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The Opioid Crisis

The opioid crisis is very serious and requires a multifaceted and proactive approach.  Here is what the government is currently doing :
 
Ontario is providing urgent relief to those affected by the opioid crisis, including adding more front-line harm-reduction workers, expanding the supply of naloxone, and creating new rapid access addiction clinics in every region of the province.
 
In August, the Province announced investments of more than $222 million over three years to enhance Ontario’s Strategy to Prevent Opioid Addiction and Overdose which will help ensure people with opioid addictions have access to holistic supports that address the full spectrum of needs, including:

  • Expanding the supply of naloxone means  including more access for at-risk individuals by distributing the overdose reversal drug through emergency departments, and exploring more opportunities to make nasal spray naloxone available to people in Ontario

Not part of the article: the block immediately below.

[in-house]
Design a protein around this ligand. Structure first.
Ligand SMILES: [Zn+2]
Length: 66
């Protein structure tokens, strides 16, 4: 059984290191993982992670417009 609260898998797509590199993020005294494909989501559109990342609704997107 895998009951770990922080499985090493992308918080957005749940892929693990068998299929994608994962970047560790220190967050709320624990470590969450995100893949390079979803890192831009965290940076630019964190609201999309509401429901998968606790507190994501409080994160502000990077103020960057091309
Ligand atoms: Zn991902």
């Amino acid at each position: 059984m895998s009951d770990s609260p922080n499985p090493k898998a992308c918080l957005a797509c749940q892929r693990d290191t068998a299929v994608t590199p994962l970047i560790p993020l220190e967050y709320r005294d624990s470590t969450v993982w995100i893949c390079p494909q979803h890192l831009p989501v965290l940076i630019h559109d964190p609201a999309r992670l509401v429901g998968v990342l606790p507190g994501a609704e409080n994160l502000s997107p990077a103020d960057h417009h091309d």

• Expanding Rapid Access Addiction Medicine Clinics across the province to provide people with immediate and ongoing addiction treatment, counselling and other mental health supports and boosting access to community-based withdrawal management services and addictions programs
  • Expanding proven harm-reduction services, such as needle exchange programs and supervised injection sites.
  • In addition, our government is making fentanyl testing strips available that can identify whether a substance contains fentanyl. These strips will at first be made available at all current supervised injection services and pop-up sites and will be evaluated for further distribution

                        
In our community: In response to a marked increase in overdoses over the past year, the City of Ottawa has opened a temporary supervised injection facility in the heart of the Byward Market on Clarence Street. This is the first legal supervised injection site in Ottawa. I salute the work of Ottawa Public Health, which has decided to try this harm-reduction approach to fight the fentanyl crisis in the city.  The service is available for 120 days until the authorized supervised injection centre opens at the Sandy Hill Community Health centre.

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